All you need to know regarding the housing market in Toronto, Canada and abroad.
This week in Toronto: Luxury home sales are booming, the real estate industry pushes for increased supply and the majority of Torontonians oppose a land transfer tax hike.
Elsewhere: Regional disparities in Canada are expected to narrow in 2017, Ben Carson faces the senate and giving cities room to breathe and innovate.
Greater Toronto Area booms with $1-million-plus home sales (The Globe and Mail)
“Local demand remained the primary overall driver even as international demand, particularly from mainland China, continued to play a key but secondary role,” according to a new report by Sotheby’s International Realty Canada.
Aspiring home buyers in the Greater Toronto Area who are wondering just how they’ll be able to afford to get into the real estate market in 2017 are going to find lots of industry players in their camp.
Such a move would actually cost the average city home buyer an additional $750 on the $11,000 in municipal land transfer they already pay when they buy a home in Toronto. That’s in addition to about $12,000 in provincial land transfer tax.
Vancouver’s loss seems to be Toronto’s gain with the real estate company predicting 10 per cent growth in prices in the region with the average Greater Toronto Area home selling for $793,000 in 2017, up from $720,761 in 2016.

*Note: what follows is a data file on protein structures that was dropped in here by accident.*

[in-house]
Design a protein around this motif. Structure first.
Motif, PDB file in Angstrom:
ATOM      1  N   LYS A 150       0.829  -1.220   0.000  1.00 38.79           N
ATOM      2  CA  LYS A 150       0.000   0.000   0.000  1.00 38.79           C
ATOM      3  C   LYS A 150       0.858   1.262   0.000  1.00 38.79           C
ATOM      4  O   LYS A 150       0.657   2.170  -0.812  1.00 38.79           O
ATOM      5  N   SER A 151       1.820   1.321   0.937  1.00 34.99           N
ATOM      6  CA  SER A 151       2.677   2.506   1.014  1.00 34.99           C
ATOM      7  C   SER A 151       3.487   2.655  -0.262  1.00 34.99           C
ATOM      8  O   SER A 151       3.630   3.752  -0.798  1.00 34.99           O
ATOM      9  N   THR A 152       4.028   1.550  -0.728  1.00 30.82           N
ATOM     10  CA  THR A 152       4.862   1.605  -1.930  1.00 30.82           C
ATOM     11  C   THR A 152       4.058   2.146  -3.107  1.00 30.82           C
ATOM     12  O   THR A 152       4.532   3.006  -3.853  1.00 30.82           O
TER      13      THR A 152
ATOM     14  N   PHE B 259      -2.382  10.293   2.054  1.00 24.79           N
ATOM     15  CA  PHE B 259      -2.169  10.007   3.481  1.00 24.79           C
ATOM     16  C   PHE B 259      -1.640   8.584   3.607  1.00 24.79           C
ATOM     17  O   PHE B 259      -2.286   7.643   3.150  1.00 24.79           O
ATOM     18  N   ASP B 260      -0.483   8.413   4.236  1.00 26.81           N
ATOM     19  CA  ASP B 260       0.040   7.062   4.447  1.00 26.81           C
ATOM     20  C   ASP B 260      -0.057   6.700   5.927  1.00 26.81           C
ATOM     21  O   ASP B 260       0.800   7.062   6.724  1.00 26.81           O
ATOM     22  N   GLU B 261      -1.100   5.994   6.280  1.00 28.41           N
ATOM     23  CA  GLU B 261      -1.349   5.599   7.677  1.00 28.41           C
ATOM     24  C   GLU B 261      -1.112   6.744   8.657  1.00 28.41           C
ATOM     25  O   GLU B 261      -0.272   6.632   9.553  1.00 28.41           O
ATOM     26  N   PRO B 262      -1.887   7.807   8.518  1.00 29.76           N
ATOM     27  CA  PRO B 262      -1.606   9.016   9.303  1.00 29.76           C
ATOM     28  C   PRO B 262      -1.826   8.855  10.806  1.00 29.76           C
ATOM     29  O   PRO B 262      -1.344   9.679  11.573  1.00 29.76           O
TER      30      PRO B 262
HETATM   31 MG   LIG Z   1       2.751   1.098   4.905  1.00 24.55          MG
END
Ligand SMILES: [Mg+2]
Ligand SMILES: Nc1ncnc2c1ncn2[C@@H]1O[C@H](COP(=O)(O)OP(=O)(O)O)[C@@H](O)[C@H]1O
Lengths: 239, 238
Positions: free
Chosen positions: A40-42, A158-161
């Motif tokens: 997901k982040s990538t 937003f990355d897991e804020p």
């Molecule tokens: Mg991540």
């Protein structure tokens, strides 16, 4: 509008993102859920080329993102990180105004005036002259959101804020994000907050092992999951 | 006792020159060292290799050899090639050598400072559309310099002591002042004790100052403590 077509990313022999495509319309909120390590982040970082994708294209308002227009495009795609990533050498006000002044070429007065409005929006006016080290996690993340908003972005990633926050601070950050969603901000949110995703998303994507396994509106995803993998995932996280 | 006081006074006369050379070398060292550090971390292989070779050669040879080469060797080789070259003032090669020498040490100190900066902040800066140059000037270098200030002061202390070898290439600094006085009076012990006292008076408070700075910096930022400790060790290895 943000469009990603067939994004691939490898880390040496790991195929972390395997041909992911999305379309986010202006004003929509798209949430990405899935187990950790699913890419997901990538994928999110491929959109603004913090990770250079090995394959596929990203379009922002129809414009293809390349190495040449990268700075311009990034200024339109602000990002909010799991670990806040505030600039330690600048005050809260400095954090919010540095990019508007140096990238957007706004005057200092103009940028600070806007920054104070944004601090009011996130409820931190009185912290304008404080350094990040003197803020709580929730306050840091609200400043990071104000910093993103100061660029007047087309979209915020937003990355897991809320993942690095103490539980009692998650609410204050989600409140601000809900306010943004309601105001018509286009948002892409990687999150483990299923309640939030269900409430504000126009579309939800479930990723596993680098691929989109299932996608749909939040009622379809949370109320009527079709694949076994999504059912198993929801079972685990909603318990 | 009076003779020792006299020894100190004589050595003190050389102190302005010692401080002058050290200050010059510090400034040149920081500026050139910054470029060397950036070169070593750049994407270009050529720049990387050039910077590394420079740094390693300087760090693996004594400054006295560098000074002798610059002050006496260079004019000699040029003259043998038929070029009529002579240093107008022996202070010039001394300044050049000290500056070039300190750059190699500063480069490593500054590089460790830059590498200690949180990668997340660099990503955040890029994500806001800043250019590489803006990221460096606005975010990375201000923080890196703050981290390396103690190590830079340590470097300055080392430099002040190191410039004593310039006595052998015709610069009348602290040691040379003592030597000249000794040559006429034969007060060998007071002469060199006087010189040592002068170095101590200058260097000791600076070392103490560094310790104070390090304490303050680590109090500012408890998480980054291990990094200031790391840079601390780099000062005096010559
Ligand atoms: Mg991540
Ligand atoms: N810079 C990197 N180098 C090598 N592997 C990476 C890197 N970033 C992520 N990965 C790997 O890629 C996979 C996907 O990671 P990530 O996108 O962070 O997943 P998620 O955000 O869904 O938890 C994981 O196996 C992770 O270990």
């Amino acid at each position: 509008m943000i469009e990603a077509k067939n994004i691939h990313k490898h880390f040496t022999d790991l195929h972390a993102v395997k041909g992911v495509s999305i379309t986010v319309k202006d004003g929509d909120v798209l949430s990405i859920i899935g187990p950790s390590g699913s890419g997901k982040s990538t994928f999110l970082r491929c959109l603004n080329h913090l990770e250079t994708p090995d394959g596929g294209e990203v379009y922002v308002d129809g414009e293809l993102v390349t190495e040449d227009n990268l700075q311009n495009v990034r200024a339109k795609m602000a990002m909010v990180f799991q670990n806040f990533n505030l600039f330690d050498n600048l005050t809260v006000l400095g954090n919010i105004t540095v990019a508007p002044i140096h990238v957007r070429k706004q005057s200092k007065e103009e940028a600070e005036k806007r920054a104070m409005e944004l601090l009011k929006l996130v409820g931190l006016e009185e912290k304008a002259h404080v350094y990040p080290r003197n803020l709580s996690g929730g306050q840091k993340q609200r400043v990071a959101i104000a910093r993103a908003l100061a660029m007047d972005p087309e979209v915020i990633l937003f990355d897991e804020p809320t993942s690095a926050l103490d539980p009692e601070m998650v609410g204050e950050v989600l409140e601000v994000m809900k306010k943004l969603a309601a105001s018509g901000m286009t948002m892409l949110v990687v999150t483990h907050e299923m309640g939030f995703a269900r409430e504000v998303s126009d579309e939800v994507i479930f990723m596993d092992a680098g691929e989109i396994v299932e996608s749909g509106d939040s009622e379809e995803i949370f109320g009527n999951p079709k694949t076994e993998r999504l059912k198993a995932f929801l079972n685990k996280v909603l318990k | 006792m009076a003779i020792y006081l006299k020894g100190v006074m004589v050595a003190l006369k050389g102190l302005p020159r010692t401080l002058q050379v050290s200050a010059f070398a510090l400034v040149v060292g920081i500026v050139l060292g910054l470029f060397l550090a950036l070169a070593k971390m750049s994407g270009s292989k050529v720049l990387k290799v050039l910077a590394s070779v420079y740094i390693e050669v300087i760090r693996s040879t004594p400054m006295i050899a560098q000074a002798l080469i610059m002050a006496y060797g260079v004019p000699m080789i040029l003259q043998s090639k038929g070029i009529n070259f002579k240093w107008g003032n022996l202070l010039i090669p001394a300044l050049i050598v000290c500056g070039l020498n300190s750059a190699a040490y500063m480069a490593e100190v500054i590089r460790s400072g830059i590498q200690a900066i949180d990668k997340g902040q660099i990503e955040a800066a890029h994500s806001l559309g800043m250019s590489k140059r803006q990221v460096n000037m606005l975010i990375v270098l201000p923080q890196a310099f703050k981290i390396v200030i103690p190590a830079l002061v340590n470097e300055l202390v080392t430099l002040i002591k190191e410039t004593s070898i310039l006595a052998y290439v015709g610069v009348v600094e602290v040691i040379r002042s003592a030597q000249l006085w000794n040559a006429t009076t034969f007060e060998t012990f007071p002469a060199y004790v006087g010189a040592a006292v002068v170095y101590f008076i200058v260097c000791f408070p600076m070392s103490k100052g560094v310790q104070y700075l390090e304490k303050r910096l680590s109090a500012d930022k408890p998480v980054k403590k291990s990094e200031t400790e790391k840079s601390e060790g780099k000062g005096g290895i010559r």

"We ended up selling it for a good $75,000 more than what that agent had brought before it went on the market," Brown said. And "that agent who came in with the original offer to them, was nowhere to be seen."
The Victoria Real Estate Board says a repeat of last year’s record-smashing property sales that saw constant bidding wars on southern Vancouver Island is not in the forecast for 2017. But prices are expected to continue rising amid a market of too few available homes.
"The disparity in home price appreciation between Canadian regions has never been greater than that seen in 2016, with rates ranging from double-digit extremes in some cities to negative growth in others," Phil Soper, president and CEO of Royal LePage, said in a statement.
However, a new survey from ratehub.ca did shed some light on the family financing and found 42 per cent of first-time buyers in British Columbia received some type of assistance from kin. Thought not directly linked, the same survey found 45 per cent of first-time buyers in the province, where the average existing home sold for $625,871 in December, were able to put down 20 per cent or more down on a home.
The Montreal market was especially favourable toward homeowners selling single-family houses, since buyers tend to be drawn in by the relatively affordable prices compared to other Canadian cities.
Dr. Ben Carson, nominee for secretary of Housing and Urban Development, sought to assure a Senate committee Thursday that there was a real "nexus" between health and housing, and that makes the neurosurgeon more than qualified for the job.
Their move, however, is not as uncommon as you might think. As housing costs — both buying and renting — remain high in many parts of the United States, some people are finding trailer homes to be an affordable option.
Rather than bulldoze a factory to make way for the wider footprint, the stakeholders leaned towards demolishing Swansea Elementary. In 2011, the state and the city launched a year’s worth of community workshops focused on deciding the school’s new location. The proposed site: right near the railroad tracks a few blocks away, where slow-moving freight trains regularly cut off schoolchildren on their way to class.
January 13, 2017This Week In Real Estate |